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Volume 7, Issue 30: July 25, 2005

  1. Re-Thinking Green
  2. White House Bets on Nuclear India
  3. Bad Research Leads to Bad Laws
  4. Che Guevara, Killing Machine -- Alvaro Vargas Llosa's Article Now Online

1) Re-Thinking Green

Environmental quality has been a major public concern since the first Earth Day in 1970, yet the maze of environmental laws and regulations enacted since then has fostered huge government bureaucracies better known for waste and failure than for innovation and success, according to the contributors of a new Independent Institute book on environment policy, RE-THINKING GREEN: Alternatives to Environmental Bureaucracy, edited by Robert Higgs (Senior Fellow, The Independent Institute) and Carl P. Close (Academic Affairs Director, The Independent Institute).

"Environmental policy in the United States is not entirely without success stories, but for the most part it has been unexpectedly costly, corrosive to America's liberal political and legal traditions, and not very effective in enhancing environmental quality," write Higgs and Close in the book's introduction. "These failures are rooted in the bureaucratic, top-down approach that has characterized environmental policy."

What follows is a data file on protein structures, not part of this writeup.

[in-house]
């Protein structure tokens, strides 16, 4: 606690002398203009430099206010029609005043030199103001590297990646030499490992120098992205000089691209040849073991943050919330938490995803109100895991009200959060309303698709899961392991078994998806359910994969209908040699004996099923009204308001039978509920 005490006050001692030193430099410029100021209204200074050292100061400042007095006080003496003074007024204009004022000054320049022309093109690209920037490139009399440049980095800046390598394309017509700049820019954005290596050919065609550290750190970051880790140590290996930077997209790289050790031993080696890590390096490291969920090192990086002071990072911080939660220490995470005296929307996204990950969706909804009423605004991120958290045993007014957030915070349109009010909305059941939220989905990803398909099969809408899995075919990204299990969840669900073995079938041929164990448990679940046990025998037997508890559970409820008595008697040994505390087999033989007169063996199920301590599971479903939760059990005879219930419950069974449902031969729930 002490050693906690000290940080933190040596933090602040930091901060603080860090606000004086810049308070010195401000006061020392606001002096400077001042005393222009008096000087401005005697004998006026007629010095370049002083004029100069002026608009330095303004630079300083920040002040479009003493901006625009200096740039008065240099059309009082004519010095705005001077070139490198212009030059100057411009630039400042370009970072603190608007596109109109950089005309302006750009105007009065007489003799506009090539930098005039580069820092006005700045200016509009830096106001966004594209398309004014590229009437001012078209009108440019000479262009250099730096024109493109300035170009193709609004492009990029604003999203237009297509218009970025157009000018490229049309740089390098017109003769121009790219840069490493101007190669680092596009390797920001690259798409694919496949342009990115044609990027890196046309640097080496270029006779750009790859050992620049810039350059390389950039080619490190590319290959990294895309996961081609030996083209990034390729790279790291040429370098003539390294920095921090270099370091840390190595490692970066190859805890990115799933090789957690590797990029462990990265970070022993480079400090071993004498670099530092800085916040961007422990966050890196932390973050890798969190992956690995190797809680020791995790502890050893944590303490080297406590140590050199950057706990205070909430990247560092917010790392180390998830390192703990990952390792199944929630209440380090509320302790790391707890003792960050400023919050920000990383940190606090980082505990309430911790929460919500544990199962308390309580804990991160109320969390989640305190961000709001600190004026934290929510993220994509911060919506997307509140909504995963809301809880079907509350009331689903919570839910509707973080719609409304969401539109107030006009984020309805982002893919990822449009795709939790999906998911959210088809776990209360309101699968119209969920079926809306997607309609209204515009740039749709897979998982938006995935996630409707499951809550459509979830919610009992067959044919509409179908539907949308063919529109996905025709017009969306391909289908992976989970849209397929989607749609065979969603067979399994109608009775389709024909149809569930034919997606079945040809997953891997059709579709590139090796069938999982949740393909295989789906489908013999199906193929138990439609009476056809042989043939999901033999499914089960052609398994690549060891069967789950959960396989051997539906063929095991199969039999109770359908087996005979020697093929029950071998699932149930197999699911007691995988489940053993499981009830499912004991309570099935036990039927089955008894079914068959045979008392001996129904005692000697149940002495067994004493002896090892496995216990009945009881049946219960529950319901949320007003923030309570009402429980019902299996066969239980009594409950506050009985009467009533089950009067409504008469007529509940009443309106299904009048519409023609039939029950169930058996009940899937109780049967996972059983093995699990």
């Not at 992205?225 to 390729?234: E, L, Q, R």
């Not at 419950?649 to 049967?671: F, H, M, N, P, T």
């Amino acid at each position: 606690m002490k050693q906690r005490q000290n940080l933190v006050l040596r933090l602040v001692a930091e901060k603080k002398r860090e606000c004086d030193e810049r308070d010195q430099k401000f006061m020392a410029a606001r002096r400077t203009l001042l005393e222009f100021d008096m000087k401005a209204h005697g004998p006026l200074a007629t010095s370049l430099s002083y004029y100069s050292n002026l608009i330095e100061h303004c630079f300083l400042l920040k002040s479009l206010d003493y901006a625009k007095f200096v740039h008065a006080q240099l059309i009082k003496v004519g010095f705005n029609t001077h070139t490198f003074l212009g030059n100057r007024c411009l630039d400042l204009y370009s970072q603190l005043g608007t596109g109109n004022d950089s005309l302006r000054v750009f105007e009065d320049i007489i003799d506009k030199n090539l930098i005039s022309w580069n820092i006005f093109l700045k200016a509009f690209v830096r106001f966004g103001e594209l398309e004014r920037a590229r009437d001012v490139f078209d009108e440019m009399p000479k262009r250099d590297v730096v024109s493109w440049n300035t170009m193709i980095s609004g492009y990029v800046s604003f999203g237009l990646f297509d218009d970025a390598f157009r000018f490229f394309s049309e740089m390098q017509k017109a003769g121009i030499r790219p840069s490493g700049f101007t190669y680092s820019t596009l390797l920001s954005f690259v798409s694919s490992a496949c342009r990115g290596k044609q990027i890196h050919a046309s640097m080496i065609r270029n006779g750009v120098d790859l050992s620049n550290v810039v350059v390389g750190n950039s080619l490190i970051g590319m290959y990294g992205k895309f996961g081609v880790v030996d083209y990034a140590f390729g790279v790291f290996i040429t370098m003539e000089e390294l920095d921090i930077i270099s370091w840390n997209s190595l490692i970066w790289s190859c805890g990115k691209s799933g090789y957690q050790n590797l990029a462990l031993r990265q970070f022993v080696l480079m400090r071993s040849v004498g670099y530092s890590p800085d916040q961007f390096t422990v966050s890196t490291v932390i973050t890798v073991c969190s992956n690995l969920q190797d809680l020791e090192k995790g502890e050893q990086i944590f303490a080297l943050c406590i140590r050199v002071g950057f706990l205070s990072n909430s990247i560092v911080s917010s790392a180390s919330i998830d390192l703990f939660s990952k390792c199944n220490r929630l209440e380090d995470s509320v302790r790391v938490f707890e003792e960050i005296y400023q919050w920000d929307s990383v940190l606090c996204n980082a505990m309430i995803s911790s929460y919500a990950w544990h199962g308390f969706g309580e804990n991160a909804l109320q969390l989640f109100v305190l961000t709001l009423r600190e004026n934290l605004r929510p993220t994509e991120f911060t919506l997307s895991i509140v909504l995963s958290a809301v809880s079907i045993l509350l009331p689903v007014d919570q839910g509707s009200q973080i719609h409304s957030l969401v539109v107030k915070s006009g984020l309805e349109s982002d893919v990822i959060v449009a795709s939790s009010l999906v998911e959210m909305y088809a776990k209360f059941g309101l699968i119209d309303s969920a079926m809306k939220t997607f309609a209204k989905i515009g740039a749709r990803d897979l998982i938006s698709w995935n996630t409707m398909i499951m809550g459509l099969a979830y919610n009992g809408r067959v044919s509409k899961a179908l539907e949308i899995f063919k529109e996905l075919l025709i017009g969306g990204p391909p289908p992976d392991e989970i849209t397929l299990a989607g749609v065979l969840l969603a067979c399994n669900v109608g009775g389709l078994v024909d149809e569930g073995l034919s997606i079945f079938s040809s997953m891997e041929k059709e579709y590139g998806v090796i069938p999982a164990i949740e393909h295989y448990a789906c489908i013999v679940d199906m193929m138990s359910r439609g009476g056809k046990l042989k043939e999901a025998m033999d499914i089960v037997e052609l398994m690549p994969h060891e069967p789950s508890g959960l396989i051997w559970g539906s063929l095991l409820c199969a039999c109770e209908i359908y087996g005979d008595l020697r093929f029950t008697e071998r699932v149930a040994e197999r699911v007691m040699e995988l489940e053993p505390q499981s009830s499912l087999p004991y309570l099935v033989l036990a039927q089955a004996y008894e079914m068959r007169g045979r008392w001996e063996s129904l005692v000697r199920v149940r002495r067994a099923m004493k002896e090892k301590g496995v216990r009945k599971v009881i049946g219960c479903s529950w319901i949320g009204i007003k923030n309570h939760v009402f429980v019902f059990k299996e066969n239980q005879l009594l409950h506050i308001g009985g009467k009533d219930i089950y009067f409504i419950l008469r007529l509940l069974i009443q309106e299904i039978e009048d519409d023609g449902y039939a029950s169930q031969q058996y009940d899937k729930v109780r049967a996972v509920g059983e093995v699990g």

RE-THINKING GREEN examines some of today's most hotly debated environmental issues, including oil drilling in the Arctic National Wildlife Refuge, population growth, global warming, endangered species, land use, coastal waters, air quality, urban planning, transportation, sustainable development, and regulation by litigation. The book's twenty-two economists, political scientists, and philosophers show how environmental quality can be enhanced more effectively by relying less on government agencies that are increasingly politicized, bureaucratized and unaccountable and more on environmental entrepreneurship and the strict enforcement of private-property rights.

Among the book's many findings are the following:

* By 1990, 25 years of regulations enforced by the U.S. Environmental Protection Agency had cost the U.S. economy an estimated 22% of the manufacturing output that otherwise would have been produced.

* Unlike in the United States, where the Endangered Species Act has failed abysmally, in parts of Africa wildlife is managed successfully by allowing local populations to benefit economically from it.